Stirring Portraits of Communist Albania’s Women Recall Different Reality
Three women stare down from the gallery wall — colorful, defiant and imbued with a spirit of working for the many not the few.
They are a brigadier, a factory worker and a youth volunteer with a hoe. They are paintings of socialist realism. They are also all Albanian women from the time of Enver Hoxha, who created one of the world’s most closed societies until his death in 1985.
Visitors to Greece’s capital have a relatively rare opportunity to see Hoxha-era art on display outside its regular home in Tirana’s National Gallery of Art.
The portraits are part of documenta 14, the Kassel, Germany-based exhibition of Western European modern art that this year is being hosted both in Kassel and Athens.
Hundreds of documenta 14 displays are to be found in museums across the Greek city until July, with the three women portraits among the offerings at EMST, the National Museum of Contemporary Art located in the old but renovated Fix brewery building.
The paintings — by Spiro Kristo (1976), Zef Shoshi (1969) and Hasan Nallbani (1968) — draw you in and can inspire.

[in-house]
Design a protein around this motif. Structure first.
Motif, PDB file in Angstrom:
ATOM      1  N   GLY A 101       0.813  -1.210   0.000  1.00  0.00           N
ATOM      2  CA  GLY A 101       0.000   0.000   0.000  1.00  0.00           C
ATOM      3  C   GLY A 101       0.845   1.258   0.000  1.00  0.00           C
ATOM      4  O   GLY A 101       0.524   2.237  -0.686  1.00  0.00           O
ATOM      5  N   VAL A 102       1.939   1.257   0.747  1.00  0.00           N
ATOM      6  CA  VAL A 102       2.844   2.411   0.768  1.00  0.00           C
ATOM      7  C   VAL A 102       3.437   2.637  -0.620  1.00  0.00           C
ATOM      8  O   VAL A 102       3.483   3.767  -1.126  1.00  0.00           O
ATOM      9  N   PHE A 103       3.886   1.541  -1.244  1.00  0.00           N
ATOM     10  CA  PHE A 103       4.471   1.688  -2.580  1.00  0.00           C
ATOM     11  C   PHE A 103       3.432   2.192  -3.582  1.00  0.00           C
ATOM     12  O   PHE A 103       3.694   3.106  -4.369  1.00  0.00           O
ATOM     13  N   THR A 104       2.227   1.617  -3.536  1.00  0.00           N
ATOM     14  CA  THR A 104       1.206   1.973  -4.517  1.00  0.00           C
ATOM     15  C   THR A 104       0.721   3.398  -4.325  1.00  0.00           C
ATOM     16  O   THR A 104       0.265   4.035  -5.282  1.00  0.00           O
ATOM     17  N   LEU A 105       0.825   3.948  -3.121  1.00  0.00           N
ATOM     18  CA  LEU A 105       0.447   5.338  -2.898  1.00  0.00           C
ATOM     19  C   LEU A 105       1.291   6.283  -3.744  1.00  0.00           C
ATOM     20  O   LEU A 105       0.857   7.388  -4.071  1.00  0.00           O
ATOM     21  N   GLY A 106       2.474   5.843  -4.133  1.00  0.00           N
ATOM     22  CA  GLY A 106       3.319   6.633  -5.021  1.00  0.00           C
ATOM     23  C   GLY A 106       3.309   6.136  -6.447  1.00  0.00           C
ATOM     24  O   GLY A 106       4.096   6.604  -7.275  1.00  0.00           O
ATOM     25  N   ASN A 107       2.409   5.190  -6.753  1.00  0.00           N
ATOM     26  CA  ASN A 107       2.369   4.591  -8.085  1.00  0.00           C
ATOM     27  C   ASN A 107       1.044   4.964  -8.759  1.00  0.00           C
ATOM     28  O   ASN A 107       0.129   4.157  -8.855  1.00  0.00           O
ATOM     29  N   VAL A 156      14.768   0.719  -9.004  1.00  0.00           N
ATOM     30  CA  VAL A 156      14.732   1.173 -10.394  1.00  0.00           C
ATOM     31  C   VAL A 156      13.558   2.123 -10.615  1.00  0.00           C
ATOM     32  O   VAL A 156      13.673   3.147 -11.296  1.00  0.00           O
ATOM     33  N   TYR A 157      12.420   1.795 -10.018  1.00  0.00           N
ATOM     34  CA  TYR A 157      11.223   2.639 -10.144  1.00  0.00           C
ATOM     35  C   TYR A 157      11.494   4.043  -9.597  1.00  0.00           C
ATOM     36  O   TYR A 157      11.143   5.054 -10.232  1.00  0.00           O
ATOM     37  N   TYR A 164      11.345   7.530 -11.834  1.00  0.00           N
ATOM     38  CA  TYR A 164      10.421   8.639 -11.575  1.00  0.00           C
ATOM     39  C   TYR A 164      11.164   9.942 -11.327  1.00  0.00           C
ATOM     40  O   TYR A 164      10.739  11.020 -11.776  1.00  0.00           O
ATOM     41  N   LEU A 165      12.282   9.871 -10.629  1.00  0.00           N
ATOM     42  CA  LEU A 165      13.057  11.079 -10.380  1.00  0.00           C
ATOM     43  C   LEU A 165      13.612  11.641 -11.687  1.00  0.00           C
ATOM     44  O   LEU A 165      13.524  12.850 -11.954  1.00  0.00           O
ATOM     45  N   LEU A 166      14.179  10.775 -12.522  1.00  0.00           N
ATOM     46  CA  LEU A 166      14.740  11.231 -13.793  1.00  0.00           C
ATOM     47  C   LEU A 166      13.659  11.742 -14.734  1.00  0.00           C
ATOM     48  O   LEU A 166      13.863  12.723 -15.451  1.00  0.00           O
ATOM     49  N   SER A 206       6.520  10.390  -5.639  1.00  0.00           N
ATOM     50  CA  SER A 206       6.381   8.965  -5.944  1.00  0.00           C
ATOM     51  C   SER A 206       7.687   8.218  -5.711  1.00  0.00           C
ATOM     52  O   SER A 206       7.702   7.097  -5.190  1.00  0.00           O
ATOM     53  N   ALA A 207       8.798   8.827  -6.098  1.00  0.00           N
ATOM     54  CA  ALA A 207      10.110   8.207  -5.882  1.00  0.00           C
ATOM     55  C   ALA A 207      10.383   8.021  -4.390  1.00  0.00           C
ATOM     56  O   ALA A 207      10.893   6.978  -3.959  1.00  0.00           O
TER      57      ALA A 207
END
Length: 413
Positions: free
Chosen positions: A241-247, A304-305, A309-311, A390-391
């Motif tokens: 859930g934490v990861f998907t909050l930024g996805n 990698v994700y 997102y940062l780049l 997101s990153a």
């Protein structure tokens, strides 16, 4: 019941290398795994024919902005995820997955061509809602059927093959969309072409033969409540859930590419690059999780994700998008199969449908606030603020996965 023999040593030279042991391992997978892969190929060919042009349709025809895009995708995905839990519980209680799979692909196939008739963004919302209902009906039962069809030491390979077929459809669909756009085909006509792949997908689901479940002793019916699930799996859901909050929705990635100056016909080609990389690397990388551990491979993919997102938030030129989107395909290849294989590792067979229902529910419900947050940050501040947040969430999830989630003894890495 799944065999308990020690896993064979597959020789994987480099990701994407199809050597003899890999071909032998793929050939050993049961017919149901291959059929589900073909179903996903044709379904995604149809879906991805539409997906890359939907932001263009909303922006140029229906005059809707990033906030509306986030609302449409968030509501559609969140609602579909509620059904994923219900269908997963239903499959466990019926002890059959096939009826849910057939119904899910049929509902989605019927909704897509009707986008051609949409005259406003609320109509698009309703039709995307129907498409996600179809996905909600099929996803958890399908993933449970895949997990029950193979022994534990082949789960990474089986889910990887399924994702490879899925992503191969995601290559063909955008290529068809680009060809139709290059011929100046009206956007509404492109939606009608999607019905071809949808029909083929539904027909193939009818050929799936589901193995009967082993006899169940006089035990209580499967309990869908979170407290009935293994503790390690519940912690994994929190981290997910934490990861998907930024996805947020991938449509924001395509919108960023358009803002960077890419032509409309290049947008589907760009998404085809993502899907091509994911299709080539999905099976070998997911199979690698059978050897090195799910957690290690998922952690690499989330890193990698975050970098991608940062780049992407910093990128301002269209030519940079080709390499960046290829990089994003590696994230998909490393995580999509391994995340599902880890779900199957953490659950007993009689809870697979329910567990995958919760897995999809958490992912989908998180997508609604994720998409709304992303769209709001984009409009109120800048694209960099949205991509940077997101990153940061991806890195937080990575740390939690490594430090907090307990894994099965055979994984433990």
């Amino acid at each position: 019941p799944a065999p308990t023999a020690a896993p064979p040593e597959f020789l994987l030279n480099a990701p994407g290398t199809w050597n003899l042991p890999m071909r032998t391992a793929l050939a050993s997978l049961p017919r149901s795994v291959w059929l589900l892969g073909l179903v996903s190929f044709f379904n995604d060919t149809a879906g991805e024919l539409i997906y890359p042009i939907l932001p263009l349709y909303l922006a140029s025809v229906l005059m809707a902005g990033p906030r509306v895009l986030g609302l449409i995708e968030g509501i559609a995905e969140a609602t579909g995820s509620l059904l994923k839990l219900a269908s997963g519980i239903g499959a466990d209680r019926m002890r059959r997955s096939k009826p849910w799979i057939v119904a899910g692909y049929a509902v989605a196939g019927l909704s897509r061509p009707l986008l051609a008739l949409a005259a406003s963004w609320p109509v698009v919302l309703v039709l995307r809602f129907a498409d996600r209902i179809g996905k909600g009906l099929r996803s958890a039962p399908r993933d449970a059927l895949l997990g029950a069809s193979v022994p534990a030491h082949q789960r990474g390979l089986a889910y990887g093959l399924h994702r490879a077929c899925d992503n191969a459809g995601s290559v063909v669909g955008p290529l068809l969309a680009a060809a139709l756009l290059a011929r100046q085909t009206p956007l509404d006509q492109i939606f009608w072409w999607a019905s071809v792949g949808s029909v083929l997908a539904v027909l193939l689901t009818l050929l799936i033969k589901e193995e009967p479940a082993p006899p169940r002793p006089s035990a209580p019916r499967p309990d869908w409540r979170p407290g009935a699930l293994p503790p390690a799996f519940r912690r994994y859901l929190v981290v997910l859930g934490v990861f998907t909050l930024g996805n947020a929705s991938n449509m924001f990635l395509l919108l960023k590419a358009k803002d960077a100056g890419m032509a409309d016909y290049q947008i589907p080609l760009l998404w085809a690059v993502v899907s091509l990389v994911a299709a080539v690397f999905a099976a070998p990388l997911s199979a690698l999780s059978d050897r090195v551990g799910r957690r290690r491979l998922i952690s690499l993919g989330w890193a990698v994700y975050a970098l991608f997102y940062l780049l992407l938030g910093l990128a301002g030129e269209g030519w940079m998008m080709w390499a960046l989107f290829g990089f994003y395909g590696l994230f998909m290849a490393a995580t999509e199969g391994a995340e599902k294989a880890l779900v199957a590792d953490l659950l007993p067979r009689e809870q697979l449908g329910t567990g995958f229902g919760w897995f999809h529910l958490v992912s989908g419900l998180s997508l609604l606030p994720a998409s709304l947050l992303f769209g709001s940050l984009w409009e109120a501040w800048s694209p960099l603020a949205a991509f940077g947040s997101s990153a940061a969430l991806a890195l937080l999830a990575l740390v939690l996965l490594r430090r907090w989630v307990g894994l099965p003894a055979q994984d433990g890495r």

But they were also political, more than acceptable to Hoxha, who saw threats from the West, Russia, the then-Yugolavia and just about everywhere.
In a sense, they are modernist icons for the only society in the world that was officially atheist.
As Edi Muka, an Albanian art critic and curator, notes of Shoshi’s factory worker, “representations of motherhood as constitutive of women’s central role in religious art are carefully removed.”
Hoxha-era paranoia was to be found everywhere from spikes in vineyards to deter potential enemy paratroopers to more than 700,000 concrete bunkers across the country, housing soldiers on guard for potential attack.
So it was not all easy for painters. Not far from the three women, documenta 14 has hung a 1971 painting “Planting of Trees” by Edi Hila.
It depicts blissfully happy young people planting trees for their country.
Too blissfully happy, perhaps. Almost “expressive dancing,” in the words of the painter.
“My work stepped out of the contours of socialist realism,” Hila told Reuters in Tirana. “Generally in those works the positive, the hero, is in the center. … The compositional structure was different so this hurt their taste.”
Hila, deemed to be in need of re-education, ended up being sentenced to work as a loader on a chicken farm. His drawings from that time — showing a different kind of realism — are also on display in Athens.